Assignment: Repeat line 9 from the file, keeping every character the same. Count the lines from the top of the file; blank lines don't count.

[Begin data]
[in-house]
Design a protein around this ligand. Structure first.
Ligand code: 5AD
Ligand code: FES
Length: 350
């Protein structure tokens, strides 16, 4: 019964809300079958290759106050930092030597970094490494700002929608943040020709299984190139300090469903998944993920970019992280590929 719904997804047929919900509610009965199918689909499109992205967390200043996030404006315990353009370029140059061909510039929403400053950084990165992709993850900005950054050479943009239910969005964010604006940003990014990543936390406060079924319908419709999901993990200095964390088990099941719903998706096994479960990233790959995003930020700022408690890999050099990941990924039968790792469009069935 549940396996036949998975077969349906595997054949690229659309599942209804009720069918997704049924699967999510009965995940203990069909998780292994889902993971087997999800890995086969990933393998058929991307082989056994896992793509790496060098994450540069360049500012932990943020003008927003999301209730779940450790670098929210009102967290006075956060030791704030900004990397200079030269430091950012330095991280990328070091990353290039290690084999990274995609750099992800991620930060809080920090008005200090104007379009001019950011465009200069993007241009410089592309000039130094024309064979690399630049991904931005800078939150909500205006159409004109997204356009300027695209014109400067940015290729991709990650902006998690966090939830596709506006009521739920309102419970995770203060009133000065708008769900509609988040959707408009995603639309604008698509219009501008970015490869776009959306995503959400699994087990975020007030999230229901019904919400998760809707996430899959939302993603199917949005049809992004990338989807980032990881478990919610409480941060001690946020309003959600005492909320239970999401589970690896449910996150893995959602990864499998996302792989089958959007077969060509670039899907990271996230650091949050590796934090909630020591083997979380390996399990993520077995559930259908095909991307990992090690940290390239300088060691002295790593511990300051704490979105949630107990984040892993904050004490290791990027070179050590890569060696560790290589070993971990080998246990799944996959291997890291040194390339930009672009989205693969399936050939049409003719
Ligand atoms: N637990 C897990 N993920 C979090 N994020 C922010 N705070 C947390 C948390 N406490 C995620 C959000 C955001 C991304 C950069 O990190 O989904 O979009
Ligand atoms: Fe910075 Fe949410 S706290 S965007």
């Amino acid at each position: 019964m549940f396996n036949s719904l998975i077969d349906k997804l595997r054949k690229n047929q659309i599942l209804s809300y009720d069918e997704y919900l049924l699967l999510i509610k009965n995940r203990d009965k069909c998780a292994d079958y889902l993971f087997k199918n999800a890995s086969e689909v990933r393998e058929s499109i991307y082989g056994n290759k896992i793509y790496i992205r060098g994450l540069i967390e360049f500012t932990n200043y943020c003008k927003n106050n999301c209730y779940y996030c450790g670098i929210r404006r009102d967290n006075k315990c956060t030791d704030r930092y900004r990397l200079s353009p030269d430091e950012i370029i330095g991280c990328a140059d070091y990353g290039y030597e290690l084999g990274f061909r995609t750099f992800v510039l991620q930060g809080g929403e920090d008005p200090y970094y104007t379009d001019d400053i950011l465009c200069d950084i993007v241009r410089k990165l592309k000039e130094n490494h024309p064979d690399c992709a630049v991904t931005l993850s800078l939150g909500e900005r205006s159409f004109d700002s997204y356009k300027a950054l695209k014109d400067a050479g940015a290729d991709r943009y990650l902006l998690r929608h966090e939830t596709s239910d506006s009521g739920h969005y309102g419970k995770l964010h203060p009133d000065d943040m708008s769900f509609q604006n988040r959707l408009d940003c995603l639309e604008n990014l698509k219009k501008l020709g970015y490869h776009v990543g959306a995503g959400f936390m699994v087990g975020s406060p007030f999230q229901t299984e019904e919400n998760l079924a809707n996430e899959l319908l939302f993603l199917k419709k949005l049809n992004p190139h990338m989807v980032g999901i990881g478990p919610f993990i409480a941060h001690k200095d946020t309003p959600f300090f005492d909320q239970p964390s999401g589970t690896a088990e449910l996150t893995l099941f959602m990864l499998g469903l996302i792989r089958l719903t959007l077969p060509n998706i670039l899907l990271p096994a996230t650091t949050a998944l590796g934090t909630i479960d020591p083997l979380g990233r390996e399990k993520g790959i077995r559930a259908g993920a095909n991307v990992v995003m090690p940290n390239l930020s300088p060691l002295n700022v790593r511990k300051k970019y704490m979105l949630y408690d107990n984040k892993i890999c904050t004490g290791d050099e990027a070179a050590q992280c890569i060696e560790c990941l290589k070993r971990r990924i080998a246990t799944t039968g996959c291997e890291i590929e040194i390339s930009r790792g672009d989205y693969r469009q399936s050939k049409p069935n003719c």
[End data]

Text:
């Amino acid at each position: 019964m549940f396996n036949s719904l998975i077969d349906k997804l595997r054949k690229n047929q659309i599942l209804s809300y009720d069918e997704y919900l049924l699967l999510i509610k009965n995940r203990d009965k069909c998780a292994d079958y889902l993971f087997k199918n999800a890995s086969e689909v990933r393998e058929s499109i991307y082989g056994n290759k896992i793509y790496i992205r060098g994450l540069i967390e360049f500012t932990n200043y943020c003008k927003n106050n999301c209730y779940y996030c450790g670098i929210r404006r009102d967290n006075k315990c956060t030791d704030r930092y900004r990397l200079s353009p030269d430091e950012i370029i330095g991280c990328a140059d070091y990353g290039y030597e290690l084999g990274f061909r995609t750099f992800v510039l991620q930060g809080g929403e920090d008005p200090y970094y104007t379009d001019d400053i950011l465009c200069d950084i993007v241009r410089k990165l592309k000039e130094n490494h024309p064979d690399c992709a630049v991904t931005l993850s800078l939150g909500e900005r205006s159409f004109d700002s997204y356009k300027a950054l695209k014109d400067a050479g940015a290729d991709r943009y990650l902006l998690r929608h966090e939830t596709s239910d506006s009521g739920h969005y309102g419970k995770l964010h203060p009133d000065d943040m708008s769900f509609q604006n988040r959707l408009d940003c995603l639309e604008n990014l698509k219009k501008l020709g970015y490869h776009v990543g959306a995503g959400f936390m699994v087990g975020s406060p007030f999230q229901t299984e019904e919400n998760l079924a809707n996430e899959l319908l939302f993603l199917k419709k949005l049809n992004p190139h990338m989807v980032g999901i990881g478990p919610f993990i409480a941060h001690k200095d946020t309003p959600f300090f005492d909320q239970p964390s999401g589970t690896a088990e449910l996150t893995l099941f959602m990864l499998g469903l996302i792989r089958l719903t959007l077969p060509n998706i670039l899907l990271p096994a996230t650091t949050a998944l590796g934090t909630i479960d020591p083997l979380g990233r390996e399990k993520g790959i077995r559930a259908g993920a095909n991307v990992v995003m090690p940290n390239l930020s300088p060691l002295n700022v790593r511990k300051k970019y704490m979105l949630y408690d107990n984040k892993i890999c904050t004490g290791d050099e990027a070179a050590q992280c890569i060696e560790c990941l290589k070993r971990r990924i080998a246990t799944t039968g996959c291997e890291i590929e040194i390339s930009r790792g672009d989205y693969r469009q399936s050939k049409p069935n003719c």